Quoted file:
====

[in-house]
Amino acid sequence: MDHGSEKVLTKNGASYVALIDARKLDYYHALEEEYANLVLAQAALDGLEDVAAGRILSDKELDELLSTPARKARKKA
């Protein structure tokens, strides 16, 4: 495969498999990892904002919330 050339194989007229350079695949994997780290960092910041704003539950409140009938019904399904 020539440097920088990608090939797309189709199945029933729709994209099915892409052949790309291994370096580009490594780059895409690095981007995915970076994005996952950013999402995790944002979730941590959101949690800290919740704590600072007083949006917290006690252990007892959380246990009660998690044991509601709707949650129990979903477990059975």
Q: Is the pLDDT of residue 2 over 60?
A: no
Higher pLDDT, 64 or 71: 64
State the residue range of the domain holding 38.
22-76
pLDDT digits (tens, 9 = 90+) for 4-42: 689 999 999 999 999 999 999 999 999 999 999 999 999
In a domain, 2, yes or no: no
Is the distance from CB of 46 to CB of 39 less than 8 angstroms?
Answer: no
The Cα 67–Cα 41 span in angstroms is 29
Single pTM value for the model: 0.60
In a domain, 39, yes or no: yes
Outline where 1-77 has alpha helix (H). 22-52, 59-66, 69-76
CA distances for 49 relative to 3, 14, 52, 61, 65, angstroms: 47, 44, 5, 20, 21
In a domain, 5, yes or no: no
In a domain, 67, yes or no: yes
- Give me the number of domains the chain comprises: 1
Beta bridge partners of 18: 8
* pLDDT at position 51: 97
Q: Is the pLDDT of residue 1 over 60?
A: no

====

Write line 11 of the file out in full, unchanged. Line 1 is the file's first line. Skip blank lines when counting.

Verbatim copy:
Is the distance from CB of 46 to CB of 39 less than 8 angstroms?